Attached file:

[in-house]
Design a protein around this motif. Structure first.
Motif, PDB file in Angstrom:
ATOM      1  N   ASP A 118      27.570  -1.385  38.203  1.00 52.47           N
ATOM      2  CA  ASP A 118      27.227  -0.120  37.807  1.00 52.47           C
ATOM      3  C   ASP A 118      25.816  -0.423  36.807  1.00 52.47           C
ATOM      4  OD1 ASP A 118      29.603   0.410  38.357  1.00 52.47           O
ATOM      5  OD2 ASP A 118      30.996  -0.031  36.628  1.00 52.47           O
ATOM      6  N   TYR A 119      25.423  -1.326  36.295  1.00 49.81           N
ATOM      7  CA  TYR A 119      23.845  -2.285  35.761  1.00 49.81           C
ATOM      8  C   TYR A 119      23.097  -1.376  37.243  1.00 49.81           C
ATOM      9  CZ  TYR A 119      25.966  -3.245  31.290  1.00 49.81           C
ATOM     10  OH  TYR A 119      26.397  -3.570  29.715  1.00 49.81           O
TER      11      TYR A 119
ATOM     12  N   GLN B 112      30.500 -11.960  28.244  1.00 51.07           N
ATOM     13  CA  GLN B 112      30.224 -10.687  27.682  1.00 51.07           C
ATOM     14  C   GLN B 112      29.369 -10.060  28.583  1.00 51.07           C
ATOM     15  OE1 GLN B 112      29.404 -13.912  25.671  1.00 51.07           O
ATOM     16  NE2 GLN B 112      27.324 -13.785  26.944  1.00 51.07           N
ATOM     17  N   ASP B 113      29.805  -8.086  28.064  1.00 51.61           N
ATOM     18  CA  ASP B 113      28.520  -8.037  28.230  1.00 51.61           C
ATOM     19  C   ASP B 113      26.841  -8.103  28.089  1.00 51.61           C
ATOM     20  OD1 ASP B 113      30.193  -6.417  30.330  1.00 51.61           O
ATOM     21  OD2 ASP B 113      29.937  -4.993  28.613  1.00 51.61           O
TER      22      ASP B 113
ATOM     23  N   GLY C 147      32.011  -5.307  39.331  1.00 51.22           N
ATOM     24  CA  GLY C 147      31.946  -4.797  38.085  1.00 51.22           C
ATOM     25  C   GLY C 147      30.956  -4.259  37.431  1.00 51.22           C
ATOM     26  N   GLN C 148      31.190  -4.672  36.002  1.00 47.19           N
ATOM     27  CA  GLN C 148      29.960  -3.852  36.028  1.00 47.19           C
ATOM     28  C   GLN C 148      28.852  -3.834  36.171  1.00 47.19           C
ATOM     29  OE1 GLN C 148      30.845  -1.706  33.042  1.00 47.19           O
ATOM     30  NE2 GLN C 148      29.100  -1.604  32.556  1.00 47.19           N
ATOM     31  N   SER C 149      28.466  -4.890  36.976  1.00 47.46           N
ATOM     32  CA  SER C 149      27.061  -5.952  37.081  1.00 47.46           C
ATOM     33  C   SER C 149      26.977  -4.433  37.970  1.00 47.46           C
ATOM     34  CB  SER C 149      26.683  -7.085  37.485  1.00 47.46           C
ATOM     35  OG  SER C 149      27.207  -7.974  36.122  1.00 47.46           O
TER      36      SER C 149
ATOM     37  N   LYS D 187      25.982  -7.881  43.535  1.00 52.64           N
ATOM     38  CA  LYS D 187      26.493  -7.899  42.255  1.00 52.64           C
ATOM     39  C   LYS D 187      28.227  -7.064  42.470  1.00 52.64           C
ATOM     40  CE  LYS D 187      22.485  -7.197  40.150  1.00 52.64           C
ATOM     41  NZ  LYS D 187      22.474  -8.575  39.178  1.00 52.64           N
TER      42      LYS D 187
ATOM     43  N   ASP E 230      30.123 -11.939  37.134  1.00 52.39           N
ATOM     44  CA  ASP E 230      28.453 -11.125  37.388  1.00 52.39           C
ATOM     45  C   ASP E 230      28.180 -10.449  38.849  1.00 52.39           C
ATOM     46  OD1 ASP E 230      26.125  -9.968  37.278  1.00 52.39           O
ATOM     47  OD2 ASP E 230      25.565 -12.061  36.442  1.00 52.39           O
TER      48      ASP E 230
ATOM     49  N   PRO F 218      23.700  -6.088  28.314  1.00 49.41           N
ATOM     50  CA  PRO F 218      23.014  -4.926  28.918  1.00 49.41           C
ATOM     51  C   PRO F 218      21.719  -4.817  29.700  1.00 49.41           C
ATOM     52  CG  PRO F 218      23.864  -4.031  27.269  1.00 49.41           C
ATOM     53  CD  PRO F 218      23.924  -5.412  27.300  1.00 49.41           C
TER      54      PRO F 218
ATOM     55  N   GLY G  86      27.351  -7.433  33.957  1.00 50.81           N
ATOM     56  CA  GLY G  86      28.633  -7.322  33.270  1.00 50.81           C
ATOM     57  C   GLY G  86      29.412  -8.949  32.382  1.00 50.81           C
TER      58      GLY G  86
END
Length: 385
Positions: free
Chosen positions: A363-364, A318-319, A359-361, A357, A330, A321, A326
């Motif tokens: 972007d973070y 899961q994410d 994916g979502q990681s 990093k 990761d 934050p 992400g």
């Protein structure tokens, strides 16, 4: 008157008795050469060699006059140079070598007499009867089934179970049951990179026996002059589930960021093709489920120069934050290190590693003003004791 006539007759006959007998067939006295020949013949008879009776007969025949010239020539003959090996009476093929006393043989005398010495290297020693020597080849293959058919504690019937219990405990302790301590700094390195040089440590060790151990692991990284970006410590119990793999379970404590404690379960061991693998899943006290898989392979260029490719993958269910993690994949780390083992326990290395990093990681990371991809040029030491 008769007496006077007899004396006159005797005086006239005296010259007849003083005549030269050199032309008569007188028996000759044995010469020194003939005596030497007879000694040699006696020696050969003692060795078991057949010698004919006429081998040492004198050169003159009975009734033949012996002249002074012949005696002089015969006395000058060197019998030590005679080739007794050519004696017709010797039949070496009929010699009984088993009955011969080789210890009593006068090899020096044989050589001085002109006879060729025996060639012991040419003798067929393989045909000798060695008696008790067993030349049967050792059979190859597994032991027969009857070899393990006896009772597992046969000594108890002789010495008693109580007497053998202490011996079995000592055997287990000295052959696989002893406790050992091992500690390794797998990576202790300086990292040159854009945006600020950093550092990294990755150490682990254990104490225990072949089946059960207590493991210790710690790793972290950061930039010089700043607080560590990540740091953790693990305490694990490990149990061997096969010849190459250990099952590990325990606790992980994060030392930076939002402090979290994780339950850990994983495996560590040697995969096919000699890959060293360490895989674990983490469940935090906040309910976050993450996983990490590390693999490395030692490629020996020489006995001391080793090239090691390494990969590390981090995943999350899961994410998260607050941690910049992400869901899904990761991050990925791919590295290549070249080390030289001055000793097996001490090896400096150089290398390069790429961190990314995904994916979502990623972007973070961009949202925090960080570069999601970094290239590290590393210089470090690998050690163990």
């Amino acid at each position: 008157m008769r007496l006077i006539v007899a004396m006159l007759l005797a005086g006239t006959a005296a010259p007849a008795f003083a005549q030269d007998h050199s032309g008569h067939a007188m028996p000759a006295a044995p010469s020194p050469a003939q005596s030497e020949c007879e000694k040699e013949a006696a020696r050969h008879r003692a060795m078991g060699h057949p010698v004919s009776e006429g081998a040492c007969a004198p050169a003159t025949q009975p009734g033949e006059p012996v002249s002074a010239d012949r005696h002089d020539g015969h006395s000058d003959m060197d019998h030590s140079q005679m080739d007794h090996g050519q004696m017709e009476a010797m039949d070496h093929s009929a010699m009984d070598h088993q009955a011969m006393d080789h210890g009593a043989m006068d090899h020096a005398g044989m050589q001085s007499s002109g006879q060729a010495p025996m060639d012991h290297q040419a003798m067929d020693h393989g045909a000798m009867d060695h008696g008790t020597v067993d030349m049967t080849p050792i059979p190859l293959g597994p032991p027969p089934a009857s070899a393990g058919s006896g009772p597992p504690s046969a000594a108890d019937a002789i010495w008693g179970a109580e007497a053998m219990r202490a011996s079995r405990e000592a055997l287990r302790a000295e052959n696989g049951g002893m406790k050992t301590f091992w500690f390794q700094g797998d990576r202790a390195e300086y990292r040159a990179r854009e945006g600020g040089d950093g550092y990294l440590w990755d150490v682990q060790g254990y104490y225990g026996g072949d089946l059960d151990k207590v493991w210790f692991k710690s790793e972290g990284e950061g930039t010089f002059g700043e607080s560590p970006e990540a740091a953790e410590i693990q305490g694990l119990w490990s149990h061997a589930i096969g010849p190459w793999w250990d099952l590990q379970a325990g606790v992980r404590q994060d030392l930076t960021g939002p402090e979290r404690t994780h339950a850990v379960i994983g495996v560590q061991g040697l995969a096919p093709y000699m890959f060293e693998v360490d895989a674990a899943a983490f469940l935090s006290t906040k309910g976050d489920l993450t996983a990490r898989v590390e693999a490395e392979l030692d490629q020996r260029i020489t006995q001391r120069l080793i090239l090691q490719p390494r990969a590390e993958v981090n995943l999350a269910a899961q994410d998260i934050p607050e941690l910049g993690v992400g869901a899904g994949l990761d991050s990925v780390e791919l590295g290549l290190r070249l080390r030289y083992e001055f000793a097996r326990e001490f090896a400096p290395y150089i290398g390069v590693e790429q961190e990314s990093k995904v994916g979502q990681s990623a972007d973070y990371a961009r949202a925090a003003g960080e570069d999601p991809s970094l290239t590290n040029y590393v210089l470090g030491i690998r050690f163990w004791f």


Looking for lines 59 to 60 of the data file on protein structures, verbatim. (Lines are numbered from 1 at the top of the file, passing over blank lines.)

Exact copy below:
ATOM     56  CA  GLY G  86      28.633  -7.322  33.270  1.00 50.81           C
ATOM     57  C   GLY G  86      29.412  -8.949  32.382  1.00 50.81           C